How much do you know about women’s history? Try the quiz on Biography – or better yet, project it in class onto the screen and have your class take the quiz.

Some other resources:

Library of Congress has a site with a number of specific topics, as well as lesson plans for use in the classroom.

The history of Women’s History Month can be found here.

The National Women’s History Project provides information and resources.

Time Magazine has a Time for Kids special section for Women’s History Month, including games, a quiz, and information.

There are many, many other resources. The above is just a sampling. Google ‘Women’s History Month” and you’ll see 26 million links.

Tuesday, February 16, 2010

Death of a Quiet Hero: Miep Gies

Miep Gies passed away last month. Who was Miep Gies? Perhaps an exceptional lesson for our students to learn from.


Time: the early 1940s.
Place: Holland
Situation: Conquered by Nazi Germany in 1940, Holland was an occupied land. An order came down from the military: arrest and deport the Jews and other undesirables.

Your decision: You know of a Jewish family. Do you turn them in? Or do you try to help them avoid the order – and risk imprisonment and/or death if you are discovered?

That was a decision a young Dutch girl named Miep Gies had to make. Her decision affected not only the family she chose to support, but also revealed to the world the courage of individuals in the face of adversity and the horrors of the Nazi regime.

Gies was born in Vienna, Austria, in 1909, under her maiden name of Hermine Santruschitz. Following World War I, she was one of many malnourished children from Austria and Hungary that were invited to spend several months in the Netherlands to recuperate from the effects of the Great War. Her Dutch foster parents offered her a permanent home, and Gies was able to move to Amsterdam, where she grew to adulthood.

She was hired as an office assistant by a man named Otto Frank in 1933. As another war moved closer, Gies saw Austria annexed by the Germans, Poland invaded, and finally, on May 10, 1940, Holland occupied by the Nazis. She felt first-hand the bias of the Nazis when she applied for a marriage certificate – and had to prove her Aryan, non-Jewish heritage. She was able to do this with the help of family members, and on July 16, 1941, married Jan Gies.

Jan Gies became a member of the resistance, and became active in hiding those individuals wanted by the Nazi invaders. Miep Gies helped him, which provided her the experience to agree to provide supplies and support for Otto Franks, his family, and four of his friends when they went into hiding in the Annex.

After the Annex was discovered and the Franks were arrested, Gies visited the Annex one more time – and picked up the papers that had been the diary of the young Anne Frank. She preserved the diary until after the war, and upon learning of the death of Otto Frank’s wife and two daughters, sought him out to return the diary to him.

The impact of that diary kept by a teenage girl has resonated around the world during the last 60 plus years. Millions of people around the world are aware of who Anne Frank was – and have read her diary. Over 25 million copies of the diary have been published since 1947, in 54 languages. Few are aware of the role that Miep Gies had in trying to provide and protect Anne and her family, and then preserving the Diary of Anne Frank so that posterity would know what happened at the Annex from July 5, 1942 to August 4, 1944.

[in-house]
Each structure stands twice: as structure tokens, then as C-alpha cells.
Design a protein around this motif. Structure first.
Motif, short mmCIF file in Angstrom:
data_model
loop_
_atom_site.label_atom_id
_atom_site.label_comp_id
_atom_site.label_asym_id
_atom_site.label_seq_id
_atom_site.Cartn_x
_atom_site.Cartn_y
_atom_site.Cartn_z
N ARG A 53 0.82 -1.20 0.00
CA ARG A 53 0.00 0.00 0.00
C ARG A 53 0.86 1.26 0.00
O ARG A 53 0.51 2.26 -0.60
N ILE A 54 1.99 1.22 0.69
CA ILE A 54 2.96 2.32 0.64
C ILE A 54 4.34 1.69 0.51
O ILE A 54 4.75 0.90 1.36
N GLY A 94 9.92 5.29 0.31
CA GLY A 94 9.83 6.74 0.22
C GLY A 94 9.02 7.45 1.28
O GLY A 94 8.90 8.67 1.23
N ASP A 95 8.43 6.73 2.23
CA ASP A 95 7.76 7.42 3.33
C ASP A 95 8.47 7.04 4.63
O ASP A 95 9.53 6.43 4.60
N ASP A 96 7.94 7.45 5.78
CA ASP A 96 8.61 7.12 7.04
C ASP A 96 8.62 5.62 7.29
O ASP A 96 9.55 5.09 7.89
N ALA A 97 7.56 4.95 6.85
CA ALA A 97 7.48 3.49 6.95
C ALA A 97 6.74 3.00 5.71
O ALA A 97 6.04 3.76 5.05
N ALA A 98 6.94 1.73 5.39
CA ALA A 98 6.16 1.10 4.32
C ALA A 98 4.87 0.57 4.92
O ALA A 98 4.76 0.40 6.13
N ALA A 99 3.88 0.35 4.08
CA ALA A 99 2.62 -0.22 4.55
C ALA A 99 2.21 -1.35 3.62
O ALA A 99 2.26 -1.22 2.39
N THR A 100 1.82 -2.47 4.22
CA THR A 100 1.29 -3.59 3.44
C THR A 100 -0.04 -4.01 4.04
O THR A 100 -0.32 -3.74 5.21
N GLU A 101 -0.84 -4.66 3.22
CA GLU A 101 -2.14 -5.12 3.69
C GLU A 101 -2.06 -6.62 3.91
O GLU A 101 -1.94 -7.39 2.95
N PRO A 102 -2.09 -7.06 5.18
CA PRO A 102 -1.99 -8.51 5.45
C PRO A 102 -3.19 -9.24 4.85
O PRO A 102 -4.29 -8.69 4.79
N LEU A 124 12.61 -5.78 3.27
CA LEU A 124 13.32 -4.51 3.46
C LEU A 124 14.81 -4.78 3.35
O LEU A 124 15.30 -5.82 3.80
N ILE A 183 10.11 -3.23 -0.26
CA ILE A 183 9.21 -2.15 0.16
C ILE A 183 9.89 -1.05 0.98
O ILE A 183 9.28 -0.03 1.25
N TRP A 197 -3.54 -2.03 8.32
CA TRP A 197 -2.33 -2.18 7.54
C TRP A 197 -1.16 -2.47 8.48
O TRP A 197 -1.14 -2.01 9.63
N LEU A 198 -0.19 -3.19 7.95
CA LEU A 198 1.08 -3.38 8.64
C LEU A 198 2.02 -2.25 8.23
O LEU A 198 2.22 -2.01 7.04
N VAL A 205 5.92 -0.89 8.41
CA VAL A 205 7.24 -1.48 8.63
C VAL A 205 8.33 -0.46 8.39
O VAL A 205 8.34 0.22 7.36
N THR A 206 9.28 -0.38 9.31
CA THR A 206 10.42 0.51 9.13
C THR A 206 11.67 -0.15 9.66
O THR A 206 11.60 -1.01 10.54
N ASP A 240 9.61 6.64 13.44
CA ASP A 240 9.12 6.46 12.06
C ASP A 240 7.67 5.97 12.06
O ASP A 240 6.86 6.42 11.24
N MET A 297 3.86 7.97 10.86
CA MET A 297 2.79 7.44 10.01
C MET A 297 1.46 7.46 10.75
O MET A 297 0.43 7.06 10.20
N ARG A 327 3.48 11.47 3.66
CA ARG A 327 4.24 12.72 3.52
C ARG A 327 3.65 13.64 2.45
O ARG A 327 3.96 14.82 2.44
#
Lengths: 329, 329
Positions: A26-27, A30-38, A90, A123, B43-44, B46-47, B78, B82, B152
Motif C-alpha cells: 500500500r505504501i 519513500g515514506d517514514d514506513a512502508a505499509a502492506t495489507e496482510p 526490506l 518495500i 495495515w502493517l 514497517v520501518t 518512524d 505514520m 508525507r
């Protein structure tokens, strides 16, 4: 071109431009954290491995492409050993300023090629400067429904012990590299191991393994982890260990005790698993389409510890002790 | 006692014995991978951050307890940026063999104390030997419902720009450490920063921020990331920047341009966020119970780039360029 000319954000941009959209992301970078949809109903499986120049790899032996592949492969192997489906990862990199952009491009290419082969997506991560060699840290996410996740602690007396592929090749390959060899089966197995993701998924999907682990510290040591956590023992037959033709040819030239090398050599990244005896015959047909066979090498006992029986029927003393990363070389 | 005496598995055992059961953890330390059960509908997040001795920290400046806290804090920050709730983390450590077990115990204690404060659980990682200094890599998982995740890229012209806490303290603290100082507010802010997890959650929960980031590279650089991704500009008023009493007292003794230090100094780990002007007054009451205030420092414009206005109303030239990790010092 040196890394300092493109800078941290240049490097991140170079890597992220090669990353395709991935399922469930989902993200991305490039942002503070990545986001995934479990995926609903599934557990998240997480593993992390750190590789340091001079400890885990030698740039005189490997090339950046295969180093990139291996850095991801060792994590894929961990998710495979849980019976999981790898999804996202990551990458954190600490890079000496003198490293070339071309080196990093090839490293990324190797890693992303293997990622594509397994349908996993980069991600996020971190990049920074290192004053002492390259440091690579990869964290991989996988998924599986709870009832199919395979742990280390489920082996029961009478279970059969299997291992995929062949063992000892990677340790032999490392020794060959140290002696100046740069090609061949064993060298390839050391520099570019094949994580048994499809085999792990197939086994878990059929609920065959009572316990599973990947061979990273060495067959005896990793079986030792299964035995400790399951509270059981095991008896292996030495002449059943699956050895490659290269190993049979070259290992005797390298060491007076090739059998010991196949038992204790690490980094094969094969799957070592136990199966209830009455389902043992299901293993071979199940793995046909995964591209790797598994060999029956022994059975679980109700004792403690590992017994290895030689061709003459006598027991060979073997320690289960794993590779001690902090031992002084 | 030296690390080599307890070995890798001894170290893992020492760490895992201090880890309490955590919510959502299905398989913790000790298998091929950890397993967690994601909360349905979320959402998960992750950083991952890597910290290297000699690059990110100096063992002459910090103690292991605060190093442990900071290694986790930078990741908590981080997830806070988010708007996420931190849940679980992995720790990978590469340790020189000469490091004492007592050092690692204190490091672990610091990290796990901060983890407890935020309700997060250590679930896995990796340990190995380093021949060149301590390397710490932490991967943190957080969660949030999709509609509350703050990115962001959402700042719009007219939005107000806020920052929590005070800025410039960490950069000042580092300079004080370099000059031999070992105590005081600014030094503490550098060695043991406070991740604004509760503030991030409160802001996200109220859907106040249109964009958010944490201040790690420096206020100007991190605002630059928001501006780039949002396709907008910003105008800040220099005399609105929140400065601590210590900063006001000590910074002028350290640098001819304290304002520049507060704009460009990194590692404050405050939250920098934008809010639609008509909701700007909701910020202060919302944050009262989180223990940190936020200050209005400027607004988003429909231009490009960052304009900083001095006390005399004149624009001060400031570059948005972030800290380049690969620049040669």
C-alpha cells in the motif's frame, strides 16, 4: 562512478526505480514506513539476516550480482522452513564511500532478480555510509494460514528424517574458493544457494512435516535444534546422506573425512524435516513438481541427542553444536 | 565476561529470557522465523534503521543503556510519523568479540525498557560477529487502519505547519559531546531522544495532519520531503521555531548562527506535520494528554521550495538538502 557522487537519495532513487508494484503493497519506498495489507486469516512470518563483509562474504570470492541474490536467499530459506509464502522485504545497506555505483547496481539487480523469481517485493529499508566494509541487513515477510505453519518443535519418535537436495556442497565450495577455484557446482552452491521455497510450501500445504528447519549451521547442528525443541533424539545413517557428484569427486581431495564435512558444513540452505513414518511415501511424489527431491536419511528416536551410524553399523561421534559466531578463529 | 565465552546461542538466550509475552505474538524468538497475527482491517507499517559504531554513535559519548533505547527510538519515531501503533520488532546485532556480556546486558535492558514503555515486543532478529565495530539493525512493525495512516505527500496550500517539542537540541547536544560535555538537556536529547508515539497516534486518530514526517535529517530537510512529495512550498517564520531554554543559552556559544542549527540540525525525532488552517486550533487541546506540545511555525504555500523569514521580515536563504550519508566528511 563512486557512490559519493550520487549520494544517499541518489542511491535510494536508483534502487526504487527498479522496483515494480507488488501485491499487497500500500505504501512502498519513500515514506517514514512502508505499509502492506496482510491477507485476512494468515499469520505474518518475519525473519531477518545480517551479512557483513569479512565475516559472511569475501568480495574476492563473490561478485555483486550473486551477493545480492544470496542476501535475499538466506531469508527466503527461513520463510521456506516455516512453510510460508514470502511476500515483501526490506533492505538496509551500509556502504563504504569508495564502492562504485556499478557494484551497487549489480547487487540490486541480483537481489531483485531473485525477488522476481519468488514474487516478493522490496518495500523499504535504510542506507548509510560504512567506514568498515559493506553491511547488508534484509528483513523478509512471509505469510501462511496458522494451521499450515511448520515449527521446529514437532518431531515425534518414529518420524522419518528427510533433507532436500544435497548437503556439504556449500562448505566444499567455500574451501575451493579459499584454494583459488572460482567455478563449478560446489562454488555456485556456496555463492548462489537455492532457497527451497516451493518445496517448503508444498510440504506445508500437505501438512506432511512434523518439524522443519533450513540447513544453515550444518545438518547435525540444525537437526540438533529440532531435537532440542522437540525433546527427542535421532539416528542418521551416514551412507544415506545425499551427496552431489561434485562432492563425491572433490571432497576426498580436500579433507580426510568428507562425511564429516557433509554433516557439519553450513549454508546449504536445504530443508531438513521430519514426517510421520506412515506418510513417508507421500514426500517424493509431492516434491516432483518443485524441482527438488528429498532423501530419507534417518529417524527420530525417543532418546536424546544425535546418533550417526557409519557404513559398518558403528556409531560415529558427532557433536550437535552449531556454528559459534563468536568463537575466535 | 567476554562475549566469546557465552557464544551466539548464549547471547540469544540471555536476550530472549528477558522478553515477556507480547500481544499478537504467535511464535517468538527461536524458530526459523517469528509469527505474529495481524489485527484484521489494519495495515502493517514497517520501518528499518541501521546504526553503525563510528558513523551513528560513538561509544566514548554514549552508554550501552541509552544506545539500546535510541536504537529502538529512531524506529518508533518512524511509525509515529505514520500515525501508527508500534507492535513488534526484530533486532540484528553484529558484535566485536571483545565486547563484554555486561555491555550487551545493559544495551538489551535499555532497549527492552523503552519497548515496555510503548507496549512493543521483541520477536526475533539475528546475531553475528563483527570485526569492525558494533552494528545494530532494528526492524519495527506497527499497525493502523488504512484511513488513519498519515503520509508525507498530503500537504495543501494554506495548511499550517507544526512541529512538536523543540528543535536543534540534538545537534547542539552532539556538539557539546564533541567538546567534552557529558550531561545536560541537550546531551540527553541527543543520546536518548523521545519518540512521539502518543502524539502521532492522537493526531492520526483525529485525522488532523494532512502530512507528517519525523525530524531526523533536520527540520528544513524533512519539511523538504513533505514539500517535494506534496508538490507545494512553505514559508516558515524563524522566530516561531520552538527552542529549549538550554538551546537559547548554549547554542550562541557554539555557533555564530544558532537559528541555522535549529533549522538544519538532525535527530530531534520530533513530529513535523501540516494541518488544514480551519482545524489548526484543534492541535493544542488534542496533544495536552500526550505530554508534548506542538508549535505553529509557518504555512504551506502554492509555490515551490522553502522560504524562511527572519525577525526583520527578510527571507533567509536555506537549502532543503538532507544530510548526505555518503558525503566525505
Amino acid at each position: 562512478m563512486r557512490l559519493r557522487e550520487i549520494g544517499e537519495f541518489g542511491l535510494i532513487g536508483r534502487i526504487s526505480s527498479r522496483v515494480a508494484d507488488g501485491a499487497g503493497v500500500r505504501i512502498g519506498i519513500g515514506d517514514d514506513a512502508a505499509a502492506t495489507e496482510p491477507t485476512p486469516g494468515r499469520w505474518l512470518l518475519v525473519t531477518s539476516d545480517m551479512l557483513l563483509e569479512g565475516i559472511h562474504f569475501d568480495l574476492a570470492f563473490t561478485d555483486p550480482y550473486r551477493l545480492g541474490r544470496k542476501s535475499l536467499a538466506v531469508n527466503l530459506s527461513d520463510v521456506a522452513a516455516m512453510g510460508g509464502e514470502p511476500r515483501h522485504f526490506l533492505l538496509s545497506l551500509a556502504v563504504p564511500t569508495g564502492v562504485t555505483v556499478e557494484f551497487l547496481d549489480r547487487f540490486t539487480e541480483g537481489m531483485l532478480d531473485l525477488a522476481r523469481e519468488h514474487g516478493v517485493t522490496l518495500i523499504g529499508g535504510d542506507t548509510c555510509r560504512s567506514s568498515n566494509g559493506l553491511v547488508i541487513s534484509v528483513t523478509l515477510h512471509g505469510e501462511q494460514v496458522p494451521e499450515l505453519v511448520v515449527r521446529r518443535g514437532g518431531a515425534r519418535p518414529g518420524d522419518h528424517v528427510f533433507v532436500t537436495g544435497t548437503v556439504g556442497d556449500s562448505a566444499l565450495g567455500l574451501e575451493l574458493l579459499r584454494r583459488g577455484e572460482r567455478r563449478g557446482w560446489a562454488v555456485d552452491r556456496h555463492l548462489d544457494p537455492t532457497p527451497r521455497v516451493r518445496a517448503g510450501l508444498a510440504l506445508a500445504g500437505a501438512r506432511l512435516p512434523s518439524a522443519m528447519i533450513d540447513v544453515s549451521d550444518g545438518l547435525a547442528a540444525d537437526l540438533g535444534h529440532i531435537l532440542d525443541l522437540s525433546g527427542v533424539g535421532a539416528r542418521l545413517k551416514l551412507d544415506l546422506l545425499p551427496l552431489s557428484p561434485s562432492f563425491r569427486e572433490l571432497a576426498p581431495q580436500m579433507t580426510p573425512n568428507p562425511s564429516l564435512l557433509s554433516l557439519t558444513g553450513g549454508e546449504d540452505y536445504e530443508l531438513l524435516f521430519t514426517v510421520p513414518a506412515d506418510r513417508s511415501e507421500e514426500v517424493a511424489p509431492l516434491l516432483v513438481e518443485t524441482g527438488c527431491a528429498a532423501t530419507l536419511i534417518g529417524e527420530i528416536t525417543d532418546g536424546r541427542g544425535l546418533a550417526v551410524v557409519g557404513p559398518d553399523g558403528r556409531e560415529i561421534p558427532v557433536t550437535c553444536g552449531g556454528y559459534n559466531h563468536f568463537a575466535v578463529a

Miep Gies passed away January 11, 2010, at the age of one hundred. As Gies said repeatedly over the years, “I just did what I could to help.” It would be a worthwhile effort of Social Studies teachers to bring the acts of this courageous and compassionate woman to the attention of their students and to discuss the choices each person makes when tyranny threatens civilization.


Anne Frank Museum
BBC News
Jewish Virtual Library
Miep Gies: Her Own Story
New York Daily News
Times Online


Miep Gies in early 1930s, Miep Gies: Her Own Story
Miep and Jan Gies, wedding day, 1941, Anne Frank Museum
The Diary of Anne Frank, Jeff Werner

Sunday, February 7, 2010

Teaching American History Grant at the Old Courthouse

Our Teaching American History grant crew had the distinct pleasure of having their second colloquium at the old Citrus County Courthouse, which was built in 1912 and is a National Historic Preservation Site.

The 35 members of the TAH grant spent February 4 & 5 learning teaching strategies specific to the social studies, and excellent in-depth historical presentations on the American Revolution and it's European connections, as well as the influence of the Revolution on France and England.

The group, along with Kathy Thompson, our Old Courthouse resource officer and our three presenters - Robby Brown, Anthony Fitzpatrick, and Dr. Patricia Behre - enlighened, educated, and motivated our teachers on this era of history, expanding their horizons, and encouraging them to carry the knowledge and strategies back to the classroom.

This Federal grant provides funding to provide in-depth knowledge on American history and additional instructional strategies to K-12 teachers throughout the nation.

Sunday, January 17, 2010

Where in the United States

My wife pointed me toward a site that allows you (or your students) to populate a map of the United States with information showing the states an individual has visited. The site is called Douwe Osinga's Projects, and the process is really simple - point and click. I filled out mine - not quite sure how I missed travelling to North Dakota - maybe next year. Hummm - perhaps I'll send my daughter to college there - that ought to create a visit!

visited 43 states (86%)
Create your own visited map of The United States

You can also do the same with a map of the world, or of India. A pretty cool site with potential for both personal and classroom use.